Definition of statutory auditor
Statutory auditors, in most of the countries are referred to the external auditors or the external public accountants who are certified. A statutory auditor is an external or outside service supplier who has the responsibility to certify the financial statements in accordance to specific professional auditing standards like the ACA, ACCA, INSTOSAI standards.
The most common and widely used external audit standards are the International Standards on Auditing (ISA) of the International Auditing and Assurance Standards Board (IAASB) of the International Federation of Accountants and the US GAAP which is developed by the American Institute of Certified Public Accountants.
A statutory auditor is an auditor who is usually a part of the internal audit system that operates in one of the following areas and sometimes he may operate in more than one area. The following areas are:
- Reviewing of the accounting and all the related internal controls. Therefore, the function of a statutory auditor is clearly defined where he is usually given the specific responsibility to review the accounting systems and the internal controls related to it and also to monitor all their operations while the management has the work of seeing the overall accounting system and its adequacy.
- Reviewing of the financial as well as operating information that includes various functions like identifying, measuring, classifying and reporting all such information that specifically enquire individual items that includes detailed and thorough testing of transactions, balances and procedures.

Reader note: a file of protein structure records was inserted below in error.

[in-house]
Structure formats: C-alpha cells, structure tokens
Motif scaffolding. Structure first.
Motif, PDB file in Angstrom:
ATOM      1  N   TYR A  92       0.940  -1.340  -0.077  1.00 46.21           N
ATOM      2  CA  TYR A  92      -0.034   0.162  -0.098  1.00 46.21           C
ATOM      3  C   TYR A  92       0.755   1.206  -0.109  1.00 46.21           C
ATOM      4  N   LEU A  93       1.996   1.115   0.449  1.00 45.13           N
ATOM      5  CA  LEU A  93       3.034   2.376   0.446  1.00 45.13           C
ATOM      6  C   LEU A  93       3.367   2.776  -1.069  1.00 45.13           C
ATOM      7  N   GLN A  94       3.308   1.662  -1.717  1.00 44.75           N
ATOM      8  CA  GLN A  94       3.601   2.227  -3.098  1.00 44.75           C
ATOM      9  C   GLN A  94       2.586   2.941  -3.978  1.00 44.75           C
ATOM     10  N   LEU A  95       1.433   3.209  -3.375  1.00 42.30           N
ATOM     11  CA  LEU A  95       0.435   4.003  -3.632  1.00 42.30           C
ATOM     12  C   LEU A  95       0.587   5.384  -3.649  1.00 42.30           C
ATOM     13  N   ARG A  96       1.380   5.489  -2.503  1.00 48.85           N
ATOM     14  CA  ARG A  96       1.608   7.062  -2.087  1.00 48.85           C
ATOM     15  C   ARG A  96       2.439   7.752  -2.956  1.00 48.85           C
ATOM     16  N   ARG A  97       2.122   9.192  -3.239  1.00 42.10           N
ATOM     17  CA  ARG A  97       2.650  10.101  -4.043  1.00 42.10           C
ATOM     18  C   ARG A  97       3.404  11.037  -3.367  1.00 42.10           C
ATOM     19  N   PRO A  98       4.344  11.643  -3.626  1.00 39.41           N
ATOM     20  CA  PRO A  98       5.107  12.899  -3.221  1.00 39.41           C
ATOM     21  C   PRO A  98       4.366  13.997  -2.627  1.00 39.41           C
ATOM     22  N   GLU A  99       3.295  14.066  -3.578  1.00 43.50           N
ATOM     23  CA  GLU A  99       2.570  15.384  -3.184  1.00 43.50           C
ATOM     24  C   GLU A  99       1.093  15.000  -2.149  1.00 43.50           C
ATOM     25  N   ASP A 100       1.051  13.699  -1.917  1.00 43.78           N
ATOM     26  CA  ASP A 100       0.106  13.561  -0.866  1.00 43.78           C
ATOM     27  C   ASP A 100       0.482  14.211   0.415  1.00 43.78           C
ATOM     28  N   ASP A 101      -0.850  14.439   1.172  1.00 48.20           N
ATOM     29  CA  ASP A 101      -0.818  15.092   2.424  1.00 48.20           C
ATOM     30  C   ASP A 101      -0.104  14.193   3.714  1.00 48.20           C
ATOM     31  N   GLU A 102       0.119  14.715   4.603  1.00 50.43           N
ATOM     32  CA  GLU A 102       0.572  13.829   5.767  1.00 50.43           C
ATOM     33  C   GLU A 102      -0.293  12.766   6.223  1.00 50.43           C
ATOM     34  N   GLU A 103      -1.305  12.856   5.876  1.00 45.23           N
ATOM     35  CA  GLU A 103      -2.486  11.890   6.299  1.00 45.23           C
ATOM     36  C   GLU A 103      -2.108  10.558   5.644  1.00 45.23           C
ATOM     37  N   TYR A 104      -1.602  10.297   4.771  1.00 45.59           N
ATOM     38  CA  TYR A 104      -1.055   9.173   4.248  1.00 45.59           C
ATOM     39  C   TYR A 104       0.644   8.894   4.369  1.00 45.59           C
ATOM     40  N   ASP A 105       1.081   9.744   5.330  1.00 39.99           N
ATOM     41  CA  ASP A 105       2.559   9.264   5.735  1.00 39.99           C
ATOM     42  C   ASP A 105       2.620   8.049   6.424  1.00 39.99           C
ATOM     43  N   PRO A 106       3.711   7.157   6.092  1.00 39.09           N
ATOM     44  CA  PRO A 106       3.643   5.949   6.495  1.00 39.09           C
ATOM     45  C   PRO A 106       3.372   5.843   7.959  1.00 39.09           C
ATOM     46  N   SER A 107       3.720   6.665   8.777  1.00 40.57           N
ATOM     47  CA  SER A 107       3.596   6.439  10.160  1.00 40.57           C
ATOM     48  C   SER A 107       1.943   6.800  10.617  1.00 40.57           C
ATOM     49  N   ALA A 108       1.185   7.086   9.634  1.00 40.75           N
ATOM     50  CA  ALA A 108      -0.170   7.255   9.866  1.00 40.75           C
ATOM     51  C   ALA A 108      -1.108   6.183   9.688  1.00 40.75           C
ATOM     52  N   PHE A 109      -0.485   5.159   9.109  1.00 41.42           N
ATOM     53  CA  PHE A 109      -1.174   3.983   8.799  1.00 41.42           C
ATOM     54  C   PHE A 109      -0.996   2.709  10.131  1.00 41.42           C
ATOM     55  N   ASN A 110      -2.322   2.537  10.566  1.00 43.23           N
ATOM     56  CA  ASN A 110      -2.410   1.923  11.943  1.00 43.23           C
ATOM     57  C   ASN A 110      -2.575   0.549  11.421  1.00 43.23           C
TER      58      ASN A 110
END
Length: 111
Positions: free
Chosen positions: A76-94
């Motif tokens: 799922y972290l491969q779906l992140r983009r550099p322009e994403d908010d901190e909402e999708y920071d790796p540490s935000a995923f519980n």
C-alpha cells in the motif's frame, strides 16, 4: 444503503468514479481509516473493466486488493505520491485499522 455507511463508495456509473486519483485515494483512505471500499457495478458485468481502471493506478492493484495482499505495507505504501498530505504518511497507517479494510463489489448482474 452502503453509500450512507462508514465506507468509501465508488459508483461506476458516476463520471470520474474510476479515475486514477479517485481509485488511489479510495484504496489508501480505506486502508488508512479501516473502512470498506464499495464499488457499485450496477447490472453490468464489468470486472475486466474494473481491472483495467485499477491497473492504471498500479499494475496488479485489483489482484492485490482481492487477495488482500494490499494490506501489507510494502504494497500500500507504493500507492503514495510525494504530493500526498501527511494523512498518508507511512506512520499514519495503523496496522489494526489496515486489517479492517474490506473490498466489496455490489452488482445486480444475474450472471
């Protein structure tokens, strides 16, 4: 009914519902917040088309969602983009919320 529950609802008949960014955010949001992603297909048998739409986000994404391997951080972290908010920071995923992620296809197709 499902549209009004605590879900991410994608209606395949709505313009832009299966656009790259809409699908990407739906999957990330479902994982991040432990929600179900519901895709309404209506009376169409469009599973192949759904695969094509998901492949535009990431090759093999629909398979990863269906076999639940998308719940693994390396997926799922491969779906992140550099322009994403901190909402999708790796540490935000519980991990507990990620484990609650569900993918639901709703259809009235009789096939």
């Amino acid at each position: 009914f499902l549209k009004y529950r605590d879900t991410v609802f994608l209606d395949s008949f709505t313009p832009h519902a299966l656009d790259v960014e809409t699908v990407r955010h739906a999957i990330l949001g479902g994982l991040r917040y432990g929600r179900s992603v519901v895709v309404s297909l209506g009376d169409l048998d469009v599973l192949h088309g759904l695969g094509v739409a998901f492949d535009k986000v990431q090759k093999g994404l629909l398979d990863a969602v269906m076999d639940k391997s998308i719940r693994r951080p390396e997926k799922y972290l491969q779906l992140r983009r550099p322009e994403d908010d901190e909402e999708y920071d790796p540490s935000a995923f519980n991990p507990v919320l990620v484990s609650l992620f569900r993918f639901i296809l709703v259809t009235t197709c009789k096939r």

- A statutory auditor may have to examine the efficiency, effectiveness and economy of operations that may also include all the non financial controls.
Statutory audit refers to a legal requirement to review the financial records of a company or of the government, in order to check its fairness and accuracy. The use of statutory audit is not different from any other type of audit. Like other audits, the main purpose of the statutory audit’s is to find out whether the representation of the financial position of the organization is fair and accurate by studying the financial transactions, bank balances and book keeping records of the organization.
- Debt ratios
- Liquidity ratios
- Profitability ratios
- Asset management ratios
- Cash Flow Indicator Ratios
- Market value ratios
- Financial analysis
- Business Terms
- Financial education
- International Financial Reporting Standards (EU)
- IFRS Interpretations (EU)
- Financial software
Most WantedFinancial Terms
- Most Important Financial Ratios
- Debt-to-Equity Ratio
- Financial Leverage
- Current Ratio
- Interest Coverage Ratio (ICR)
- Solvency Ratio
- Break-even Point
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